Mary Ahearn, Midleton. Admitted to Westchester County Poor House on 3rd March 1892. 

Mary was a 24-year-old single woman when she was admitted. She had arrived in New York from Ireland four years previously. Both her parents were from Midleton, where her father had been a laborer. Mary was a domestic, and could read and write. The cause of her dependence was that she was pregnant. It was felt that she may recover from her dependency.

William Anderson, Midleton. Admitted to Kings County Alms House on 13th December 1880.

William was a 37-year-old widower when he was admitted. He had arrived in New York from Ireland ten years previously and was a naturalized citizen. Both his parents had been from Midleton, and William, like his father, was a laborer. He was able to read and write. William was admitted due to chills and a fever, but was able to carry out light work. He was expected to leave the institution soon.

James Barry, Midleton. Admitted to Seneca County Poor House on 8th January 1891.

James was a 51-year-old single man on his admission. He had arrived in New York from Ireland 24 years previously, and was now naturalized. He worked as a laborer, as had his father- both his parents were also Midleton natives. He had a common school education. The cause of his dependence was “intemperance.” He was deemed capable of light work, but not to a great extent, and it was noted that he “should take care of himself and probably will soon.”

Margaret Barry, Midleton. Admitted to New York City Alms House on 25th August 1875.

Margaret was a 30-year-old single woman when she was admitted. She had arrived in New York 22 years previously from Ireland. Both her parents had also been born in Midleton; her father had worked as a tailor. Margaret herself worked as a domestic, and was unable to read or write. The cause of her dependence was near blindness. Unable to perform work of any kind, it was determined that she would remain permanently dependent.

Patrick Barry, Midleton. Admitted to Wayne County Poor House on 11th December 1884.

Patrick was a 50-year-old widower when he was admitted. He had arrived into Canada from Ireland 37 years before, and had been in New York for 20 years. He was a naturalized citizen and worked as a laborer; his father had been a carpenter. He had four children still living. The reason for his dependence was that he had injured one of his eyes, but he was able to carry out light work. It was expected that he would recover.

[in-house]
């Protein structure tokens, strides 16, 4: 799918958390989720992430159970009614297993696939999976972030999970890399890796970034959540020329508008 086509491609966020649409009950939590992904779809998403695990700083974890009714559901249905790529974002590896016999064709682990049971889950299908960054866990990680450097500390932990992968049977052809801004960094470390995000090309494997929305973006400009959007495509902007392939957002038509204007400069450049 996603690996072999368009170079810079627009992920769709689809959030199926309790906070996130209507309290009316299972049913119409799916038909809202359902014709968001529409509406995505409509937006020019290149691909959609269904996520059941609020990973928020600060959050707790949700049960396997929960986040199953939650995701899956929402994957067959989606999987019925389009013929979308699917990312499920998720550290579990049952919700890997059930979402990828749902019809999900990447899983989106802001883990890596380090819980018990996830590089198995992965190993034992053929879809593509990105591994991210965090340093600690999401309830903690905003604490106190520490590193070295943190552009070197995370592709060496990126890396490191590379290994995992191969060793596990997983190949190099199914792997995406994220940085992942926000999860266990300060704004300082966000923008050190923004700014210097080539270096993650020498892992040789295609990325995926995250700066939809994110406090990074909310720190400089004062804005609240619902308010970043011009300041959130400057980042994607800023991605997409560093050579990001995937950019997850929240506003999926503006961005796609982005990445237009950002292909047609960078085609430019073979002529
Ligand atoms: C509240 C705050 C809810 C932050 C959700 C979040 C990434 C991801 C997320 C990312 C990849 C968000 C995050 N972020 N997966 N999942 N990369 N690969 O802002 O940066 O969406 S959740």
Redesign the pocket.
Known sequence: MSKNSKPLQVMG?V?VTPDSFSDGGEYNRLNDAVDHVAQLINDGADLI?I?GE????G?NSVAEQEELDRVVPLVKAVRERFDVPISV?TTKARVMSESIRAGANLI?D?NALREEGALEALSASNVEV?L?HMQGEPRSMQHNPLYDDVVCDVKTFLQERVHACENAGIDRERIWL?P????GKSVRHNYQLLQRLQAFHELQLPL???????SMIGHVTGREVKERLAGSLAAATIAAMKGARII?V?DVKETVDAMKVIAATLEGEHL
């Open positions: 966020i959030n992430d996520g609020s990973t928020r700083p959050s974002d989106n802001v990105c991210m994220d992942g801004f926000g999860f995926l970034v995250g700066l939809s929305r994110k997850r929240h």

Patrick Barry, Midleton. Admitted to New York City Alms House on 14th January 1887.

Patrick was a 71-year-old married man when he was admitted. He was a naturalized citizen of the United States, having emigrated 44 years previously, landing in New York. Both his parents were also from Midleton; his father had been a tailor. Patrick himself worked as a stevedore. He had one brother and one sister, both of whom still lived in Ireland. Patrick also had a son of his own in New York. The cause of his dependence was given as homelessness and destitution. He was deemed able to carry out light labor, but it was deemed doubtful that he would ever recover from his dependency.

Michael Barry, Midleton. Admitted to New York City Alms House on 7th January 1889.

Michael was a 43-year-old widower when he was admitted. He had arrived in New York from Ireland 20 years previously and was a naturalized citizen. Both his parents had been born in Midleton, where his father had been a laborer. Michael himself was a shoemaker; he was able to read and could “write a little.” Of his siblings, one brother was dead and one was still in Ireland, while he had four sisters in Ireland and one in New York. Michael also had three sons of his own. He had spent time in an institution before, in Mount Loretto on Staten Island. The reason for his dependency was given as paralysis, homelessness and destitution. He was deemed incapable of pursuing any labor, and it was thought doubtful he would ever recover from his dependency.

Patrick Brown, Midleton. Admitted to Kings County Alms House on 1st April 1886.